The retail sector is undergoing an important shift in its evolution, with consumer choice never stronger thanks to a wave of small and nimble operators disrupting established players.
While the slew of negative stories about big names can seem incessant, we shouldn’t overlook exciting smaller companies excelling by thinking and operating differently. Their combined market share grew from 23% in 2013 to 26% in 2016, according to market research firm Mintel.
In a flat market, the real winners are those gaining share and generating profits. For me, three small and medium-sized retailers really encompass this trend, with all three sharing important qualities helping them to succeed.
Internet Fusion started life as an e-commerce technology platform and, over the past 12 years, has evolved, developing its own proprietary technology so it owns the end-to-end customer journey, including its own physical infrastructure.
The founders saw a gap in the market to consolidate niche websites, leveraging the strength of the platform while operating in segments outside the mainstream. These include equestrian, action sports and country lifestyle.
Now across 11 websites, Internet Fusion sells over 800 brands to 35 countries in 15 languages. Nearly half of its sales are international.
The core engaged customer within these sectors wants an online shopping experience that speaks to them as an enthusiast, with broader and more highly curated ranges, original content and other value-added features such as enthusiast-driven discussion blogs.
Another content-driven business that saw a gap in the market is Castore. The premium sportswear brand has a strong market position and an extremely loyal customer base. The business was founded by brothers Tom and Phil Beahon – both former professional athletes – who saw a gap in the market for a men’s luxury and technical sportswear brand.
Castore has enjoyed strong growth, with revenues advancing at a compound annual growth rate of 300% in the last three years. Key to its success is a relentless focus around product and service. It uses a unique blend of the finest Swiss and Italian fabrics and advanced engineering techniques to create superior garments.
The business launched in 2015 in the new customer paradigm – it identifies as a digitally native brand that combines commerce and content to establish strong customer relationships. With an entry price point at £70 for a t-shirt, Castore targets a wealthier audience who are time-poor and inherently loyal to their favourite brands.
“In all these companies the leadership show one fundamentally important characteristic: relentless drive to be different or better”
Like Internet Fusion, much of Castore’s success is centred on its customer engagement with brand ambassadors, such as Andy Murray, helping to drive brand engagement, opening it up to new markets and increasing awareness. While Castore is a relatively new brand, it has enjoyed a good start and its unique positioning and authenticity will ensure its success continues.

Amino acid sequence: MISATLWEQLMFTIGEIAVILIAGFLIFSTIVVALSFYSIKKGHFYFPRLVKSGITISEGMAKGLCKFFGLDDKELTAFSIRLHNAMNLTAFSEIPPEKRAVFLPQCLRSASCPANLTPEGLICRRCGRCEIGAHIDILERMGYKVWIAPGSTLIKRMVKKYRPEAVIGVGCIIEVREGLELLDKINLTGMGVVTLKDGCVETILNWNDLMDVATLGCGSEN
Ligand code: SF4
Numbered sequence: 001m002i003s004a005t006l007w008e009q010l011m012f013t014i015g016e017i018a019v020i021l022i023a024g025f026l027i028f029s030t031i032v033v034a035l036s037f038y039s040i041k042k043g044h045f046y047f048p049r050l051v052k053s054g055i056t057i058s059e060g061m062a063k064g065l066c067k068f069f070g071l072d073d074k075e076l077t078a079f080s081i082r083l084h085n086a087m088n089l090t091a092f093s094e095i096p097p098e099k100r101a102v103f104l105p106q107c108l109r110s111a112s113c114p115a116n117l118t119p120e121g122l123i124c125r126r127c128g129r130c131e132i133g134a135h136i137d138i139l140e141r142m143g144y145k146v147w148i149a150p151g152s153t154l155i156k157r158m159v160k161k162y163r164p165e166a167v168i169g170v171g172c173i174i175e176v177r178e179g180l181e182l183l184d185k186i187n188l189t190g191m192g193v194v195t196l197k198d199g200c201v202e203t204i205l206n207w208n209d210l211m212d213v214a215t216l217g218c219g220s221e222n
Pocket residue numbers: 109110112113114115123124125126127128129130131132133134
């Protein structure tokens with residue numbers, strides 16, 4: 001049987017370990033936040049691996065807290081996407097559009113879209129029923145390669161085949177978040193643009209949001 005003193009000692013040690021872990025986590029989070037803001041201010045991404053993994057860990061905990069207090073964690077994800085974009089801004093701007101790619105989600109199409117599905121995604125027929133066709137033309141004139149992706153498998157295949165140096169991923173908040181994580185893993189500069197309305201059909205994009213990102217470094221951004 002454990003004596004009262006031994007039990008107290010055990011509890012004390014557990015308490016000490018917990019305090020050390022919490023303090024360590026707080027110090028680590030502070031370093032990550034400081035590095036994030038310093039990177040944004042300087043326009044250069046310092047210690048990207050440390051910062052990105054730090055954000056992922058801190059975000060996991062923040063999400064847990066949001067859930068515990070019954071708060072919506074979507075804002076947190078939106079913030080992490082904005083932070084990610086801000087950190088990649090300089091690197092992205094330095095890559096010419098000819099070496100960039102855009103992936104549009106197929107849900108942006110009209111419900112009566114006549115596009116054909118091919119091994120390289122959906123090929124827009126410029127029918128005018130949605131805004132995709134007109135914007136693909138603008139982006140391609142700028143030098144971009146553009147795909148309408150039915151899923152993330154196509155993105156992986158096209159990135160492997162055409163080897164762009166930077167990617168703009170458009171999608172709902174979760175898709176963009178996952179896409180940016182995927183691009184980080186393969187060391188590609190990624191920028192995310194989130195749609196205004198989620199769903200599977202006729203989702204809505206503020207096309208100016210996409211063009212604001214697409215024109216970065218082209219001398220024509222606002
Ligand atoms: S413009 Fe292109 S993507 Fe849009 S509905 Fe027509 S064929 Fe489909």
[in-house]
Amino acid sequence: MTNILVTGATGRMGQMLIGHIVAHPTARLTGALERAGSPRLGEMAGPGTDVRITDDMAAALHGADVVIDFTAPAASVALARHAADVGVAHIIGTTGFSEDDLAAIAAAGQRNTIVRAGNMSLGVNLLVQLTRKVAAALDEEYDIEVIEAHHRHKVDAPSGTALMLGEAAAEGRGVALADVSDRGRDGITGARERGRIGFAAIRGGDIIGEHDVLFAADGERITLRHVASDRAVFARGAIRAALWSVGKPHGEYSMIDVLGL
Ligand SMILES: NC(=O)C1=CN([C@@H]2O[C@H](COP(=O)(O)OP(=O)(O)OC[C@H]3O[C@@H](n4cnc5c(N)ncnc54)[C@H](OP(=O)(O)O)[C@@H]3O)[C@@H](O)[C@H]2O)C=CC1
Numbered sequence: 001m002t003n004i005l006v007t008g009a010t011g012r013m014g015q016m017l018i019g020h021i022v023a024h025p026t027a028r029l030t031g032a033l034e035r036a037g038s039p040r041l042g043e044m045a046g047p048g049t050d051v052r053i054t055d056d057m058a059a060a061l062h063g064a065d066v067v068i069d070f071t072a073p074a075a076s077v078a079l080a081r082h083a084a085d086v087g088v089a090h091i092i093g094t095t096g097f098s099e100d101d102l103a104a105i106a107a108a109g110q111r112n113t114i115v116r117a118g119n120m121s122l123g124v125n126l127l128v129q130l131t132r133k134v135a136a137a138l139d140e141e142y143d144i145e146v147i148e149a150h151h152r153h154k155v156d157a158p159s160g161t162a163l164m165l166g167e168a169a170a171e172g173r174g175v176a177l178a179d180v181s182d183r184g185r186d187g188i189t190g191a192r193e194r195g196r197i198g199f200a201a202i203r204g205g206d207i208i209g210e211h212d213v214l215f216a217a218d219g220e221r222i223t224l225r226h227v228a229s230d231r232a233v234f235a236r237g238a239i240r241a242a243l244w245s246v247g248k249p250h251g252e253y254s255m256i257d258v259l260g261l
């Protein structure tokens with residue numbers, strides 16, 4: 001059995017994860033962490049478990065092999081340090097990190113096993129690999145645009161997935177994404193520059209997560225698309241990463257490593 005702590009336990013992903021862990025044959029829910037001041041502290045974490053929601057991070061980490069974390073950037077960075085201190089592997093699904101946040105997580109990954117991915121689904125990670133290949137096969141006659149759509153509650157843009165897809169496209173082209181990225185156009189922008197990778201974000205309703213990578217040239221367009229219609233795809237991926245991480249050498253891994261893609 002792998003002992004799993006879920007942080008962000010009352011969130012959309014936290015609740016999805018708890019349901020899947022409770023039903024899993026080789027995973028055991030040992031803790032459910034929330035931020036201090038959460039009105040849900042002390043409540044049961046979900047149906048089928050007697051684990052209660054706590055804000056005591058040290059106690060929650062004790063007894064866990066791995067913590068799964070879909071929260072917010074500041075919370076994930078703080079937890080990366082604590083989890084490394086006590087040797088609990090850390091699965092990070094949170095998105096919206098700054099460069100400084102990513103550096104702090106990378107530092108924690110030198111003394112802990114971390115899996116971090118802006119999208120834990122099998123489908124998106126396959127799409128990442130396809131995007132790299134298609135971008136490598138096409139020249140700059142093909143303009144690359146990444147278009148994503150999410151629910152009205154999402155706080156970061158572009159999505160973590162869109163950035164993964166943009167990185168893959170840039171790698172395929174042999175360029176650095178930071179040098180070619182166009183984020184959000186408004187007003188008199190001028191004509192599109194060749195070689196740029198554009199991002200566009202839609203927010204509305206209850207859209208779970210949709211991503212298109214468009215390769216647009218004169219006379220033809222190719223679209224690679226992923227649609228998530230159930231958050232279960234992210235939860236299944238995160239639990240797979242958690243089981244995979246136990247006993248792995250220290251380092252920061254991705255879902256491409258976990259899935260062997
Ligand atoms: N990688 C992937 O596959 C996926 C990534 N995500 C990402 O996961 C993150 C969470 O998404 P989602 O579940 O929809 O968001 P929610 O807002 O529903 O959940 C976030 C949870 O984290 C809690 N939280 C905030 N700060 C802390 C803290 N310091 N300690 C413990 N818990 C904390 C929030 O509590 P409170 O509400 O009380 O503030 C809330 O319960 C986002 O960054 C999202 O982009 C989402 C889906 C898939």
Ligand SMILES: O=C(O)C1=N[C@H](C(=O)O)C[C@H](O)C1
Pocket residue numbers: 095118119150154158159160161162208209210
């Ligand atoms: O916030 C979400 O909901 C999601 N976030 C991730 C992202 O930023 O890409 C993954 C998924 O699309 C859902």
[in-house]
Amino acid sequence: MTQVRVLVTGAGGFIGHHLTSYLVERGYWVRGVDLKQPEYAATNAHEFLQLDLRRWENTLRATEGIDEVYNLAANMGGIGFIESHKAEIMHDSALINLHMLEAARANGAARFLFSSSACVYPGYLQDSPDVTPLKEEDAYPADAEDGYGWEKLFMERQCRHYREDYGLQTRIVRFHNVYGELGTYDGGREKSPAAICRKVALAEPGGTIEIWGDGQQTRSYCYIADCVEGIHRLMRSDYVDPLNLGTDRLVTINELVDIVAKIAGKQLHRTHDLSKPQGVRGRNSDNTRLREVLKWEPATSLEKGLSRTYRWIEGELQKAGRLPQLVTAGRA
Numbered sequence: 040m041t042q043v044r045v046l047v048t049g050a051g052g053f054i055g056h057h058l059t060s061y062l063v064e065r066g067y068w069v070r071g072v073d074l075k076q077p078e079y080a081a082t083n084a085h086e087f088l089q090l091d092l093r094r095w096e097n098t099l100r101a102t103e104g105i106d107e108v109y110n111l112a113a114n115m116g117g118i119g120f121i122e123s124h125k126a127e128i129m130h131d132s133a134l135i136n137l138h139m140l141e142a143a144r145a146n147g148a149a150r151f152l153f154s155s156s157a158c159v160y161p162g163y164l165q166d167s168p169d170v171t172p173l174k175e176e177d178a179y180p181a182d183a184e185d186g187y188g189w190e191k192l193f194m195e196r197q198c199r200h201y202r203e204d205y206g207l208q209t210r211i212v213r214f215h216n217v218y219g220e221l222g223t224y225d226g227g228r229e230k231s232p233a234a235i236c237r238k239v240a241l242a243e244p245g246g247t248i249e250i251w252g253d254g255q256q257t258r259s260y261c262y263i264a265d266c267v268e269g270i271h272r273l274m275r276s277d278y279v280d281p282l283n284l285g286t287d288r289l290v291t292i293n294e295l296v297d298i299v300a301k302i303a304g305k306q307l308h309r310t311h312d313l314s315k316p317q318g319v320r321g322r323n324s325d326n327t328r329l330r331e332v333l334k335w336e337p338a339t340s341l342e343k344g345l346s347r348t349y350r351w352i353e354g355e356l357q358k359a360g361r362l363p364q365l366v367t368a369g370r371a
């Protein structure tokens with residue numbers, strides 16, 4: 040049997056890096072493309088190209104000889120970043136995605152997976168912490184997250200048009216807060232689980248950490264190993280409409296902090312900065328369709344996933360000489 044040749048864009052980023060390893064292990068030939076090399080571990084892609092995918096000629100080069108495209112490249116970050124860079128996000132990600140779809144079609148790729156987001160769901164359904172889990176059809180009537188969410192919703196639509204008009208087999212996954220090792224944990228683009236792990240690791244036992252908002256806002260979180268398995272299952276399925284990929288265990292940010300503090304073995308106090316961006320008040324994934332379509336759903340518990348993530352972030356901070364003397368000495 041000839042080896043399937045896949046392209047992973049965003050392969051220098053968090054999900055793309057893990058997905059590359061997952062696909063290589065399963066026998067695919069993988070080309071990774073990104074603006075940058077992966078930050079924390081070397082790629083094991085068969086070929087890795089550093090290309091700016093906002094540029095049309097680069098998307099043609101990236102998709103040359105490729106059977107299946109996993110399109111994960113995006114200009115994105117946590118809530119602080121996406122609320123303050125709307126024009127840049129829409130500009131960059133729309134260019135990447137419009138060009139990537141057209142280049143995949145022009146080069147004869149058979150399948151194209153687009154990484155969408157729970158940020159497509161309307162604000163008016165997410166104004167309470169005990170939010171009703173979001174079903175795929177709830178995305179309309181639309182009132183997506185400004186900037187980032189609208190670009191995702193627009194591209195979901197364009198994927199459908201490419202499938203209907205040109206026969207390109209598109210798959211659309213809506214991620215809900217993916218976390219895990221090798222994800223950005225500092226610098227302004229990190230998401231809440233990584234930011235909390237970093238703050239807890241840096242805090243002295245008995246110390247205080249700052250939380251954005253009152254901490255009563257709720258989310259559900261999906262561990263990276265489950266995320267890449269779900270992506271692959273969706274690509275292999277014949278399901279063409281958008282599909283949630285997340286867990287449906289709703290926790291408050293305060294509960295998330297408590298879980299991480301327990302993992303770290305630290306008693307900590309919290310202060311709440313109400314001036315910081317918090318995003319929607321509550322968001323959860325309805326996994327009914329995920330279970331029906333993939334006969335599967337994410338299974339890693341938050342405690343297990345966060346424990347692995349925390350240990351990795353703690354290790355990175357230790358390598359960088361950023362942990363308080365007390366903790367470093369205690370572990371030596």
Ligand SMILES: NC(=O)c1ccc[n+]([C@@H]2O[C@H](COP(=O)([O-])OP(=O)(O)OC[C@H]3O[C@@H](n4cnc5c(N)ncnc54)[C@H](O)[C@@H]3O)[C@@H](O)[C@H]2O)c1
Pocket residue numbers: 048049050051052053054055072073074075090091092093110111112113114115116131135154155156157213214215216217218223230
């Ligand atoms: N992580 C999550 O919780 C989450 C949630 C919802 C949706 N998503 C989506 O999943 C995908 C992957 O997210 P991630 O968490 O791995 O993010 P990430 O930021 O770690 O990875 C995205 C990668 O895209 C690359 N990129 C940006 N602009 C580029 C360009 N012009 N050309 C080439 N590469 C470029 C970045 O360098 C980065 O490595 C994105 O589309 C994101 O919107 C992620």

While it’s digital-first, it has accelerated growth plans via pop-ups and by partnering with luxury hotels, gyms and selling through retailers to create multichannel touch points.
This open-minded approach to reaching the customer is mirrored at Internet Fusion. The company has made numerous acquisitions, with more in the pipeline. The platform then takes on the ecommerce operations while the founders focus on the creative aspect of product and content creation. Bolt-on sites also benefit from economies of scale, access to international markets, marketplaces and cost synergies.
And it’s not just its customers who are engaged – the brands it sells are also keen to work with Internet Fusion as it offers them an ecommerce route to market far more tailored to the core engaged customer, compared with more generic online retailers.
Pets Corner also trades on its customer engagement. The family-oriented business has operated in the pets sector since 1968. In January, it opened its 150th store and in 2018 it achieved industry-busting like for likes of 5.8%. What makes this ever more impressive is that 98% of sales are in-store. So, what makes Pets Corner such a standout performer?
It has passionate and friendly staff, motivated financially through customer reviews focused on giving the best possible service, and all Pets Corner staff are classroom-trained in one of seven academies across the country. No other pet retailer does this.
It develops its own products and does not compromise on quality, so much so that they are guaranteed for life. As well as pet products, the specialist offers an array of services to help owners’ beloved animals stay happy and healthy. Pets Corner hasn’t changed its strategy for 30 years and all but one of the Pets Corner management started on the shop floor.
These examples show that amid the all-too-often negative sentiment towards the retail industry, there are some fantastic UK success stories out there.
Often, they are characterised by customer engagement, whether that is by motivating staff to provide excellent customer service or by prioritising enthusiast-driven content. Ultimately, in all these companies the leadership show one fundamentally important characteristic: relentless drive to be different, better or both.